Act two is trickier. Objectively, economic conditions might be improving, but perceptions are everything and a breathing space gives room for a dangerously alienated public to take stock of the brutal interruption of their rising expectations. What happened to the march of income, the acquisition of property, the truism that the next generation will live better than the last? The full impact of the overthrow of these assumptions sinks in and engenders a sense of grievance that “Someone Else” must have engineered the common misfortune. The stock epithet the French Revolution gave to the financiers who were blamed for disaster was “rich egoists”. Our own plutocrats may not be headed for the tumbrils but the fact that financial catastrophe, with its effect on the “real” economy, came about through obscure transactions designed to do nothing except produce short-term profit aggravates a sense of social betrayal.

The 'Explosion' may have been delayed but it will come nonetheless.

The other problem that we are confronted with is the failure of traditional workers organisations to act decisively in this time of crisis.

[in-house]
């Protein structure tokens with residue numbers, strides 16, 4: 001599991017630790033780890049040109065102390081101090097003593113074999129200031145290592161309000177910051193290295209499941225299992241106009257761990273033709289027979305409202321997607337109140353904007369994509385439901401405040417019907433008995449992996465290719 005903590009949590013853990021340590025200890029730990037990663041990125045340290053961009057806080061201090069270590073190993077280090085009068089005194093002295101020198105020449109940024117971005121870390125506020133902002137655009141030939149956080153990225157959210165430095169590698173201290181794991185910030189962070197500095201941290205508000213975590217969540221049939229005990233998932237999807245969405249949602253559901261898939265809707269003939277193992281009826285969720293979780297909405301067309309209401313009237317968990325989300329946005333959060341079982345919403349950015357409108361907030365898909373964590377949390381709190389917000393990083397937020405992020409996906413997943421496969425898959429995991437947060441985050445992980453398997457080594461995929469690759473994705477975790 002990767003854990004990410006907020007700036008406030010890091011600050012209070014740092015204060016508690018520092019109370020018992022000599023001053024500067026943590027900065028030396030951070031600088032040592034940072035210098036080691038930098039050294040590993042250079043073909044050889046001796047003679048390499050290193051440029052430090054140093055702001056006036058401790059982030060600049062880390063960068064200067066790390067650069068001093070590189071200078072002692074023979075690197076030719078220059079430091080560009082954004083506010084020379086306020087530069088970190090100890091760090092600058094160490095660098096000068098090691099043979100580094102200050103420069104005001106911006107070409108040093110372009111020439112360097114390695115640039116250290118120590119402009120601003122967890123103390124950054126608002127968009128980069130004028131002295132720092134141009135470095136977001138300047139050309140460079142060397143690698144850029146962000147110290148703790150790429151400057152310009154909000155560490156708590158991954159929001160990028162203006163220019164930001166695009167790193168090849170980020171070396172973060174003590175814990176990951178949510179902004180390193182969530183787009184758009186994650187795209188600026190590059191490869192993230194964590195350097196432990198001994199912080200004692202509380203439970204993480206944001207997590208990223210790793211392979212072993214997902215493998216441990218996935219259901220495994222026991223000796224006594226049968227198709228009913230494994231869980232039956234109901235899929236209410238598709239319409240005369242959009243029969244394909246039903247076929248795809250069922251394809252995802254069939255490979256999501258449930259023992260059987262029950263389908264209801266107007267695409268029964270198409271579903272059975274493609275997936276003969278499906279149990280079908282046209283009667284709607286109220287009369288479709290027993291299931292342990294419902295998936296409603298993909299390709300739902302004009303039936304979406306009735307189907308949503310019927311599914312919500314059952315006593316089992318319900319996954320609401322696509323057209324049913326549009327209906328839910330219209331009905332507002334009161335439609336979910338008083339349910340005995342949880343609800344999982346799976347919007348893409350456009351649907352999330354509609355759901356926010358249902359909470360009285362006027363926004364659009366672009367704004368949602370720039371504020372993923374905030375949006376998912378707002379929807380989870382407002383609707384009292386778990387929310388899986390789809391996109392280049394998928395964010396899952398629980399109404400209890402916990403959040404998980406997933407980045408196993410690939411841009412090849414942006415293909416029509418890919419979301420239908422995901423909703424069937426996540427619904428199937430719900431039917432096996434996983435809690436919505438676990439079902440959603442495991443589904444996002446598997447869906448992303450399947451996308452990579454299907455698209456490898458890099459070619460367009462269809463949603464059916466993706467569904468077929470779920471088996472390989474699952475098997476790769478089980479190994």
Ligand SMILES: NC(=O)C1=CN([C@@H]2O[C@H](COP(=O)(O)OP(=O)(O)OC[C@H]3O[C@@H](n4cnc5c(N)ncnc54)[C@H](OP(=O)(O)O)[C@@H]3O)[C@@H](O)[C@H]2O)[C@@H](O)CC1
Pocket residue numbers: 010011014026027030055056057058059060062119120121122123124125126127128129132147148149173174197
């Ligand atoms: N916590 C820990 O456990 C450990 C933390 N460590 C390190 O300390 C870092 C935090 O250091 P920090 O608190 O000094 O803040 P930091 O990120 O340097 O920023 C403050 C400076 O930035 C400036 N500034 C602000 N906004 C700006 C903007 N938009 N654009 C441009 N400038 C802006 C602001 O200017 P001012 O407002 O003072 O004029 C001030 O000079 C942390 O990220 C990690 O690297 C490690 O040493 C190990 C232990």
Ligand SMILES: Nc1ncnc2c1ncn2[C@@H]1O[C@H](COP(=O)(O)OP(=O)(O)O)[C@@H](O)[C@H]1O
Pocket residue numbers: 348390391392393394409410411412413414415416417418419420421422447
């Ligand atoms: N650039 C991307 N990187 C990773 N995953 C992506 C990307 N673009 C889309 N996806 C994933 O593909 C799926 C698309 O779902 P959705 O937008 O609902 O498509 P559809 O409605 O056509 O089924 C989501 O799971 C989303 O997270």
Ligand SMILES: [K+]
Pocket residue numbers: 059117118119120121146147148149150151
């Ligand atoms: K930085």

Here in New Zealand, as elsewhere, we have had to endure the unedifying sight of reformist leaders trying to prop up a failed economic system and maintain the status quo. That has been the role of the Labour Party and its allies in the trade union bureaucracy. It is little wonder that more and more workers no longer have any faith in these organisations to defend their interests? Is it little wonder that Phil Goff can gain no political traction when he tells workers there is 'no alternative' to the free market and neoliberalism?

However when social consciousness catches up with history, when there is no longer 'a time-lag between the onset of economic disaster and the accumulation of social fury.' then these discredited and dismal leaders will be swept aside by people demanding leadership that genuinely represents their needs and their aspirations.

The capitalist class has had lots of assistance from the 'leaders' of the workers organizations both in keeping the system afloat and suppressing any sustained resistance, but history is pressing and that situation will inevitably change and possibly when we least expect it.